The resolve of the potential European partners to carry on with their plans to marry was tested during the period of engagement by the crisis in the ERM in 1992. Critics of the project interpreted this as illustrating the underlying incompatibilities between the potential partners. They advised that the plans to marry, in the form of introducing the euro and setting up the eurozone, should be abandoned. Meanwhile supporters of European monetary integration interpreted it as showing that the engagement had been too prolonged and half hearted. According to them what was needed was the greater commitment that full monetary integration and the introduction of a single currency would signal. ‘New’ OCA theory emphasised the role of credibility. The suggestion was that, while countries retained a way of pulling out of the ERM engagement by altering their exchange rates, the commitment not to exploit this option would not be believed. Instead, the stronger commitment associated with the formation of the eurozone in 1999 (the marriage) was seen as a means of delivering the greater credibility that was needed to make the partnership work and to derive the benefits from monetary integration.
How long should the engagement have lasted and at what point should the wedding have taken place? The idea was to ensure that the necessary degree of compatibility had been achieved before the marriage was arranged. Convergence criteria were designed to try and make certain that this was the case, bringing inflation rates and interest rates into line, and limiting the size of fiscal deficits and debt. The marriage ceremony eventually began in 1999 with the introduction of the euro as a common currency and it was completed in 2001 when the euro took over as the single currency in the partner countries. However, some observers of the eurozone wedding remained sceptical about whether the marriage would last. They were still worried about the underlying and, as they saw it, irreconcilable differences between the partners. Even at this time the eurozone economies could not offer a completely compelling case for full monetary integration based on conventional OCA criteria.
The hope was that the partners would grow closer together over time and become more compatible so that they would find it easier to live together. Institutionally Europe’s Stability and Growth Pact (SGP) was supposed to encourage this, or at least prevent the partners from growing apart. As things turned out, however, the aspirations were not fulfilled. The claim that OCA criteria are endogenous and would be brought about as a consequence of monetary integration has remained more of a theoretical notion than a reality. Trade amongst the eurozone partners has increased but not significantly more than amongst non- eurozone European countries. Growth rates across the eurozone countries have not been particularly highly correlated. Fiscal balances have not been synchronised, and there has been a fairly general failure to comply with the SGP rules. The SGP has conspicuously failed to constrain fiscal excesses. Under the security of a European marriage some of the partners continued to exhibit their bad fiscal habits or even indulged in them to a greater extent than before. The eurozone countries have also been exposed to asymmetric shocks as they were not all equivalently affected by the global financial and economic crisis in 2008/09. At the same time, and without the ability to use monetary policy independently or to alter exchange rates, they have lacked the policy tools needed to handle the macroeconomic disequilibria that have arisen. Internal devaluation has turned out to be a poor substitute for the real thing.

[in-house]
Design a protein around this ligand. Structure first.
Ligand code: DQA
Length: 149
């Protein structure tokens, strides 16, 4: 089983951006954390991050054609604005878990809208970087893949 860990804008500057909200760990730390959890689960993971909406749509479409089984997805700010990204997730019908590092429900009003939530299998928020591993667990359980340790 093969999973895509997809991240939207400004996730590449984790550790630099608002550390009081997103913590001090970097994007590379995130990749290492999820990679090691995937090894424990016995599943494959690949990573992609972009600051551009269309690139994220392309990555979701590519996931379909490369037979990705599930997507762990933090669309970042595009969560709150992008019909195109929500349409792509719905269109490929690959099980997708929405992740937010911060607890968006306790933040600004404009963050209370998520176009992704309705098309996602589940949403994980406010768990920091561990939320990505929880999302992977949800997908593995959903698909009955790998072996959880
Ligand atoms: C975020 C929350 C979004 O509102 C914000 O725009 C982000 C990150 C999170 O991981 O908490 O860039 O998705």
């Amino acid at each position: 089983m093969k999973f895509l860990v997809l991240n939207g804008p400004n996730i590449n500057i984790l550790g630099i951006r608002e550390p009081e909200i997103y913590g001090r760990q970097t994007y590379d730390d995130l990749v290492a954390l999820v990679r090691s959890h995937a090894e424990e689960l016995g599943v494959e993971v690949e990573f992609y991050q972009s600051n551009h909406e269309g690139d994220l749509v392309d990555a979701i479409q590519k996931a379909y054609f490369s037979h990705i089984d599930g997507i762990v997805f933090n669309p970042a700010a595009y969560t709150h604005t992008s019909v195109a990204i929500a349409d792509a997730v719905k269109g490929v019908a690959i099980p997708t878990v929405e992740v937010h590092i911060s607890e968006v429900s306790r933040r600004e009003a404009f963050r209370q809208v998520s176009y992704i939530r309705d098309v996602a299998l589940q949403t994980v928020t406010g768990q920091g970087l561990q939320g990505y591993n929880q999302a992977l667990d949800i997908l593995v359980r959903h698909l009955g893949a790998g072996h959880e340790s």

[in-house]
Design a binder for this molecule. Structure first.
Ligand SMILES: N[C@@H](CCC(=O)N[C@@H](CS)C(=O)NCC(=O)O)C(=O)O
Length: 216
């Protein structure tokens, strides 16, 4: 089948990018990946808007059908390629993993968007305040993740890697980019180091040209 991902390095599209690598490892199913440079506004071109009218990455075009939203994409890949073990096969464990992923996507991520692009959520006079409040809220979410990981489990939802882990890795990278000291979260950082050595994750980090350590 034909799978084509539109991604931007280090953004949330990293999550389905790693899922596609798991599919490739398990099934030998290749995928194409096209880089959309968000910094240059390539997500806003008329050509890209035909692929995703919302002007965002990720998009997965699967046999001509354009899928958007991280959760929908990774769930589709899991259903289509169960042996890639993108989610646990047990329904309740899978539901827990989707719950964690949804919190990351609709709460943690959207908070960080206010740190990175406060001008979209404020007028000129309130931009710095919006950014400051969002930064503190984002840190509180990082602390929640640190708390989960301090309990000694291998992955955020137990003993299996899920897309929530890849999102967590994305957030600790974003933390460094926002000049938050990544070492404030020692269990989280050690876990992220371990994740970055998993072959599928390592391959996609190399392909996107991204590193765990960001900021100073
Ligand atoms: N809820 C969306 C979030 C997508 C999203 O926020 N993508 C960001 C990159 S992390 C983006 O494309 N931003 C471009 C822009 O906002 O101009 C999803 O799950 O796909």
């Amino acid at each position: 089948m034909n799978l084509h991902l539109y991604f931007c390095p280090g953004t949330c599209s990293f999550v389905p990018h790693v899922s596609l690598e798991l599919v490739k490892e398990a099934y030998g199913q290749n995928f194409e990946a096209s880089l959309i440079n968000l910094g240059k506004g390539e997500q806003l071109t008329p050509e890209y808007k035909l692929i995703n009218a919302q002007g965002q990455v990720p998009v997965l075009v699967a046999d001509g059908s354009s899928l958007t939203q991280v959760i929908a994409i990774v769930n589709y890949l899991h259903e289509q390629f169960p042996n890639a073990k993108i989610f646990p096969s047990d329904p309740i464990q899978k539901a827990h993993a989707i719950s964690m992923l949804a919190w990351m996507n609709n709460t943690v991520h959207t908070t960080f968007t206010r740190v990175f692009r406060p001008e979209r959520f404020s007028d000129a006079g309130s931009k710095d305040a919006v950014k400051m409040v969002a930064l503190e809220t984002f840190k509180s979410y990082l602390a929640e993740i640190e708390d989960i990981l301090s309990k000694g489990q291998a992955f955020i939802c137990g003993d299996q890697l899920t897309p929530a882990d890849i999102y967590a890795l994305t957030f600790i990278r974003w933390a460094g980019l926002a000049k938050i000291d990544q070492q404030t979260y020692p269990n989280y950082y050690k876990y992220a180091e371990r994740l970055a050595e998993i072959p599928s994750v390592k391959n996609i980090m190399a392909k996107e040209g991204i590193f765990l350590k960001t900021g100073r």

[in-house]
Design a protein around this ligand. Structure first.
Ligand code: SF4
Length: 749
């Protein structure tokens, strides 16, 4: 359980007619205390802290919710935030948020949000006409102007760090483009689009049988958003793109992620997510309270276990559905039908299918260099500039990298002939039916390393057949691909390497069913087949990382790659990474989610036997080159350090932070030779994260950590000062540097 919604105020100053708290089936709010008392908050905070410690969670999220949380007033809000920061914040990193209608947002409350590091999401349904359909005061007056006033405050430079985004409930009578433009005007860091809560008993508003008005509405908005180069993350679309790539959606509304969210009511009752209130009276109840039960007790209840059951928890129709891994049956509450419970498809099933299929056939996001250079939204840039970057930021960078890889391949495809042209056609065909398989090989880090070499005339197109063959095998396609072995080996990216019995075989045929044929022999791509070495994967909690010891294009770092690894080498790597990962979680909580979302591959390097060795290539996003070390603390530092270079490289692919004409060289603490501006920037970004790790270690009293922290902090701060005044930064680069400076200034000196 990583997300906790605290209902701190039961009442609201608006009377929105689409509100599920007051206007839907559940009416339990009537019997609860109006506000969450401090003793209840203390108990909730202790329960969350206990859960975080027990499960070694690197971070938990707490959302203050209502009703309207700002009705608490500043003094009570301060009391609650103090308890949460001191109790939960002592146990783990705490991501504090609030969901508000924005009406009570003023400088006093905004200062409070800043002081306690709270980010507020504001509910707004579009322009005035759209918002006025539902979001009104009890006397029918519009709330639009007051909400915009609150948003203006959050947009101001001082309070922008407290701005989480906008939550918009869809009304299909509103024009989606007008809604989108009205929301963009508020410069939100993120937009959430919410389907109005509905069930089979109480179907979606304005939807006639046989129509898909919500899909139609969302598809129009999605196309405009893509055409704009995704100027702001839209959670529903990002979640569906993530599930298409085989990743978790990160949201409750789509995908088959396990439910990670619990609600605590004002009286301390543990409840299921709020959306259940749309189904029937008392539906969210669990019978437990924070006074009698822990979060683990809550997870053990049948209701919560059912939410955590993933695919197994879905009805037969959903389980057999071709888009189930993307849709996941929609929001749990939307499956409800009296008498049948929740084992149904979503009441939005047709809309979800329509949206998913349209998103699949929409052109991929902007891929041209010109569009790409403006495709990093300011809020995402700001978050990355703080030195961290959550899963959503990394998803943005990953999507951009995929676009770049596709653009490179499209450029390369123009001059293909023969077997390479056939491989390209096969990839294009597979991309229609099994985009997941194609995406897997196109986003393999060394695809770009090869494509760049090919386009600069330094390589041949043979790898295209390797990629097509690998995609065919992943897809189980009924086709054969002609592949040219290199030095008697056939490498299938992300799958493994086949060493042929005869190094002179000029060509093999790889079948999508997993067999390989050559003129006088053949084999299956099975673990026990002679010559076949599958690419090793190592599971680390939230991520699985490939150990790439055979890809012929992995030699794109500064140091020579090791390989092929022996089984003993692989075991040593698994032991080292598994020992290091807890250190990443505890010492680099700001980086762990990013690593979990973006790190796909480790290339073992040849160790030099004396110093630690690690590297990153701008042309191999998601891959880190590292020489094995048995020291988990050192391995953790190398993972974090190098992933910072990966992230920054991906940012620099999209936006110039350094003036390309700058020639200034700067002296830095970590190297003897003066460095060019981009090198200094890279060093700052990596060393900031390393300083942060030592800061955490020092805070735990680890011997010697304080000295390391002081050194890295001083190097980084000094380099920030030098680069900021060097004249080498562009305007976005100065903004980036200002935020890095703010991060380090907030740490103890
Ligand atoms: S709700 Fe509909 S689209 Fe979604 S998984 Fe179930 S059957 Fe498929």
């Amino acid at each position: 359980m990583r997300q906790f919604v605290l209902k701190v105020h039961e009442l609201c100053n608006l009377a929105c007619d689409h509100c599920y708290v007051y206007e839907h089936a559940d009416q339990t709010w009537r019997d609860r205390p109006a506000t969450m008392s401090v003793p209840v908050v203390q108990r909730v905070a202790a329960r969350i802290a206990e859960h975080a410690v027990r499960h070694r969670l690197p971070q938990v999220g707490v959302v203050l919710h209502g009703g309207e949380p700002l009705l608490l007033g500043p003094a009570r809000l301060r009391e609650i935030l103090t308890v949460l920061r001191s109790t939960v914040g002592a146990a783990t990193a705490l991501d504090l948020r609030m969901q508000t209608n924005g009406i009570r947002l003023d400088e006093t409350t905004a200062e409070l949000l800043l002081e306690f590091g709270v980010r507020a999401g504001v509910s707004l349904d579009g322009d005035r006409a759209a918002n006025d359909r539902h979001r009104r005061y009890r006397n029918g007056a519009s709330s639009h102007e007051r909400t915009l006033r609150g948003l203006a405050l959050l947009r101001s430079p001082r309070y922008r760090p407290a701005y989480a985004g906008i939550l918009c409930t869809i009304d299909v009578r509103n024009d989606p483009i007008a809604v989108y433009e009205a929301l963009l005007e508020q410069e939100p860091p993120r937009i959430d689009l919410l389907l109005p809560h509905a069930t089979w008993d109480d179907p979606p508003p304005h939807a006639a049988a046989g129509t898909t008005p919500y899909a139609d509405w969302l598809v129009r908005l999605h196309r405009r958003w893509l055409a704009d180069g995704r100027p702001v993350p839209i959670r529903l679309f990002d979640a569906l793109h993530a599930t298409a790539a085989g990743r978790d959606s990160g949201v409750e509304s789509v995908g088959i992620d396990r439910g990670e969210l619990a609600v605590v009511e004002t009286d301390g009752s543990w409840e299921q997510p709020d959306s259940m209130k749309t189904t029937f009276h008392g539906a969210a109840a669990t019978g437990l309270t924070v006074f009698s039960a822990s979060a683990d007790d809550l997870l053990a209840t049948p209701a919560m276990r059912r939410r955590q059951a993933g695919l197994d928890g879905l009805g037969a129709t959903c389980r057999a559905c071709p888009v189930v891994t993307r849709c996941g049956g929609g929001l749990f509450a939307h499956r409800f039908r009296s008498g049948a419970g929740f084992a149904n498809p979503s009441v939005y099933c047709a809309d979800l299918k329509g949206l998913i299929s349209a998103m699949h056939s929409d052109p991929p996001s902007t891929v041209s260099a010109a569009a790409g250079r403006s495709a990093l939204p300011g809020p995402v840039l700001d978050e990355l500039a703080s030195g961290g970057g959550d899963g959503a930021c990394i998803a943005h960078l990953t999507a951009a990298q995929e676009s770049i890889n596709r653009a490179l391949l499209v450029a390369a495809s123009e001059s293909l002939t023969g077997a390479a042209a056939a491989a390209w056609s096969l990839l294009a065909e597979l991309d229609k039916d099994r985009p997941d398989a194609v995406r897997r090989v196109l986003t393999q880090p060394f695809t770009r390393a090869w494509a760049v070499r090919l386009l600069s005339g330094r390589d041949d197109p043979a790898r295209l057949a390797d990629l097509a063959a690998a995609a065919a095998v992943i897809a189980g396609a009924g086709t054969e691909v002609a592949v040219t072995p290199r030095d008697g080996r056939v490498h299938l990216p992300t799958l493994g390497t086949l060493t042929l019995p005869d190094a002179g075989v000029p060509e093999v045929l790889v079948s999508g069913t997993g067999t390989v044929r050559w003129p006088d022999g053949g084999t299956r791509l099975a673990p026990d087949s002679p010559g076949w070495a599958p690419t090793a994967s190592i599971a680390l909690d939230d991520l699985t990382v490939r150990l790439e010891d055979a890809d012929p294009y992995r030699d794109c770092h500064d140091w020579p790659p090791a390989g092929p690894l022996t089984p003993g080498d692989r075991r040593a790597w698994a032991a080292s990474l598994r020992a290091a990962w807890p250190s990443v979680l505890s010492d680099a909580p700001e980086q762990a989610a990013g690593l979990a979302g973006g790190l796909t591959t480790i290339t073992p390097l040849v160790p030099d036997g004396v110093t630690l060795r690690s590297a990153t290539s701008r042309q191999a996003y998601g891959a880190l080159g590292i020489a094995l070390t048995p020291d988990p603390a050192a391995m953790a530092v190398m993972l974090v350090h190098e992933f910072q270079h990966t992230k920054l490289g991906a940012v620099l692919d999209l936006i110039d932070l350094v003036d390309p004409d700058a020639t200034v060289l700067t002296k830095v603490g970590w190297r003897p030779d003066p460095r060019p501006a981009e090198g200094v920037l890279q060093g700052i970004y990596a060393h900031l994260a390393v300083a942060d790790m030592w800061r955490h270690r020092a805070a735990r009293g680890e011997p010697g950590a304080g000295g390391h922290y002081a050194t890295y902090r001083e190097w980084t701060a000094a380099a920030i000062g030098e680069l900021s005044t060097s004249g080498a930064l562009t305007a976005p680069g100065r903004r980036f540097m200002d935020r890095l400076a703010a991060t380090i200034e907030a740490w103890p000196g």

For a time, the underlying deficiencies in the design of the eurozone did not seem to matter. Countries on the periphery enjoyed excess credibility, and imported the reputation of their core partners. By ‘tying the knot’ with stronger European economies the weaker ones were able to increase their access to international capital, and this enabled them to finance their fiscal and current account deficits. From their point of view, there was a ‘honeymoon’ period. They behaved in a way that suggested that they were oblivious to the harsh realities of married life that they would encounter once the honeymoon was over. In effect, some of the partners used their credit cards too much; many marriages break down over money matters and excessive indebtedness.